Launch of second "3 by 5" progress report

Davos, Switzerland
26 January 2005

Main message

Thanks to national and international commitment, we're really making progress towards the "3 by 5" target — getting more people onto treatment and linking treatment to care and prevention.

The world has reached the target for 2004

The target for December 2004 was 700 000. WHO/UNAIDS estimate that slightly more than 700 000 people were on treatment in developing countries by the end of the year. Prevention activities are rapidly expanding at the same time.

Countries are making it happen

In the last 6 months the number of people on treatment in sub-Saharan Africa and in Asia have doubled and in Latin America they have continued to improve. National determination is making it happen:

  • in sub-Saharan Africa: Botswana, Namibia and Uganda have achieved 25% coverage, and 12 other African countries have achieved 10%;
  • in Asia: Thailand leads the way with 900 sites and 3000 people a month starting treatment;
  • in South America: Brazil leads the way with 100% coverage, and 9 other countries with over 50% coverage.

Partnerships are the driving force in treatment scale-up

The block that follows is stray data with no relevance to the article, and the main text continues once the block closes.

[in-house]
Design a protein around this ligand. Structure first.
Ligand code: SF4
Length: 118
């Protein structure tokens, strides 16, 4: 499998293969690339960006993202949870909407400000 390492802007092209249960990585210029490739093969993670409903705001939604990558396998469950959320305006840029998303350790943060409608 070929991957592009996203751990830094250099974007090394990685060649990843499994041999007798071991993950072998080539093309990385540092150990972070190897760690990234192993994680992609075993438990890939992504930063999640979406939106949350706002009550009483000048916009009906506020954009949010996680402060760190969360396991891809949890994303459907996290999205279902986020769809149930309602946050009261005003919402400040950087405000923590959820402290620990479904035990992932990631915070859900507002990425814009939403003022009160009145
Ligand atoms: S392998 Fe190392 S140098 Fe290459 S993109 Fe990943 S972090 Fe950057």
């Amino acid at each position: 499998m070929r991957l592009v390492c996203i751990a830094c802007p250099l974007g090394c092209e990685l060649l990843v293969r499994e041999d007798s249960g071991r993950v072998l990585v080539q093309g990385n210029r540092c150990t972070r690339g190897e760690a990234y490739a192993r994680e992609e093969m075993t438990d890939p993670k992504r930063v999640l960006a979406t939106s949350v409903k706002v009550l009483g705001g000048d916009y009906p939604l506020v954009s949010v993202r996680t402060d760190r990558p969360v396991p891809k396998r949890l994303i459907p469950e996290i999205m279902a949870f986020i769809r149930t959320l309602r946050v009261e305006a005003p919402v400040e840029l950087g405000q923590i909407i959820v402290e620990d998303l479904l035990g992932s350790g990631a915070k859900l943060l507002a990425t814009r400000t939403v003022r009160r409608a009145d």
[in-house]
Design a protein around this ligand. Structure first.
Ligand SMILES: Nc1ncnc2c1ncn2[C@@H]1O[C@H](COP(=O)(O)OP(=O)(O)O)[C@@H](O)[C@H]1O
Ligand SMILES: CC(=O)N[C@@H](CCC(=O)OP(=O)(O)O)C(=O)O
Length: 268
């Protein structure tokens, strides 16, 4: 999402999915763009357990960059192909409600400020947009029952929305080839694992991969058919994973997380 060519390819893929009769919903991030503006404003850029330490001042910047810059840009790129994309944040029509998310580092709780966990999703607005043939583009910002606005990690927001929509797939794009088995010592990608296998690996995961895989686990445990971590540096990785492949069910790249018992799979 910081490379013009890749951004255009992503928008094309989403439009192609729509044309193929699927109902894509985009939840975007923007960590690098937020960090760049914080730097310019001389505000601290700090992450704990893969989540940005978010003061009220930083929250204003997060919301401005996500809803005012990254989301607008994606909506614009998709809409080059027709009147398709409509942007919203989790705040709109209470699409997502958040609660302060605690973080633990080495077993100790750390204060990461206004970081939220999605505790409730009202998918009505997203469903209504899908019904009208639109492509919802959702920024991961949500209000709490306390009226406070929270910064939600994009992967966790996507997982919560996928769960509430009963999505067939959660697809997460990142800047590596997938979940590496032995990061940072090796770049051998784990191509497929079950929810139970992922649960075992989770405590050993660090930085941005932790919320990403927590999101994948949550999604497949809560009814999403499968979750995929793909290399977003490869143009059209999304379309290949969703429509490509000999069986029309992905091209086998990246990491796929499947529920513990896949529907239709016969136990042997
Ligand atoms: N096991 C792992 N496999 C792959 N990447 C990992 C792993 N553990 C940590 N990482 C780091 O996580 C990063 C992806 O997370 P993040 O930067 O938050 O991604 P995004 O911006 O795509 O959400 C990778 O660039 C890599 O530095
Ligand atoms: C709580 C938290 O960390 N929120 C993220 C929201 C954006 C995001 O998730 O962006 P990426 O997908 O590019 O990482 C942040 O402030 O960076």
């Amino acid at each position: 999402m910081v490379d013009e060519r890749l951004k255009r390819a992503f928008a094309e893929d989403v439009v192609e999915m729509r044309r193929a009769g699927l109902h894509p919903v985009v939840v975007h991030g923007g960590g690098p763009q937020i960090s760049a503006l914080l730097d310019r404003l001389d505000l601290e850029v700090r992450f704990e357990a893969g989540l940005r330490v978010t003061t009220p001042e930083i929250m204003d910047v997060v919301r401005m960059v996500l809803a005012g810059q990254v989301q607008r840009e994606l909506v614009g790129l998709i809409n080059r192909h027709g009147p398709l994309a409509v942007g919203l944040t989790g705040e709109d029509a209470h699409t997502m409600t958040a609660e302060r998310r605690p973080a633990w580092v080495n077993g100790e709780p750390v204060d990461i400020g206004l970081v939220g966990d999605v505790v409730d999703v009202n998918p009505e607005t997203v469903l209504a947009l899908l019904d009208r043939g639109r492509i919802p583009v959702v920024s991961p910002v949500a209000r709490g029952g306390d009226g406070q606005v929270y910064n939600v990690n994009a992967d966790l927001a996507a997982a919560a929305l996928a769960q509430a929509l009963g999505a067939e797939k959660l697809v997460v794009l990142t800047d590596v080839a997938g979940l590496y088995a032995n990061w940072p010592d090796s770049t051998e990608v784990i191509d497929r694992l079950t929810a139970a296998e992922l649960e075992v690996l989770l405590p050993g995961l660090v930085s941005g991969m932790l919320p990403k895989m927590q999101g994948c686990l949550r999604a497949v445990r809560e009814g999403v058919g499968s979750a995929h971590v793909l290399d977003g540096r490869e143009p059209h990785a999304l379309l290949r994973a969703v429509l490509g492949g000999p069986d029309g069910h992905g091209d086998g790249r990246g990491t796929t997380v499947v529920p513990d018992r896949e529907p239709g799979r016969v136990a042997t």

Partnerships have continued to increase: there are now 136 partnerships formally involved in pursuing the "3 by 5" target as advocates, donors, advisers and service providers.

New financial commitments make scale-up a reality

The Global Fund to Fight AIDS, Tuberculosis and Malaria; the US President's Emergency Plan for AIDS Relief; and the World Bank have played a major part in making scale-up possible.

Treatment works

Adherence to ARV therapy is 90% and above in some projects. Survival rates on treatment are very encouraging. Some of these figures equal or surpass those for treatment success in rich countries.

There are real challenges to reaching "3 by 5"

To reach the other 2.3 million people by the end of this year, an extraordinary effort is needed by all countries and all partners:

  • the three countries which need to do most with most unmet need are South Africa, India, and Nigeria;
  • the main obstacles are the continued high cost of treatment, the uneven distribution of services, and the continued shortage of human resources.

More funds are urgently needed

A further $ 2 billion is needed. In-country drug prices need to continue to fall. Service delivery systems need to become more efficient. Countries need to make bold financial commitments and speed up funding distribution.


Against the expectations of many, national leaders and the global community have started a major change in the world. The challenge now is to see it through.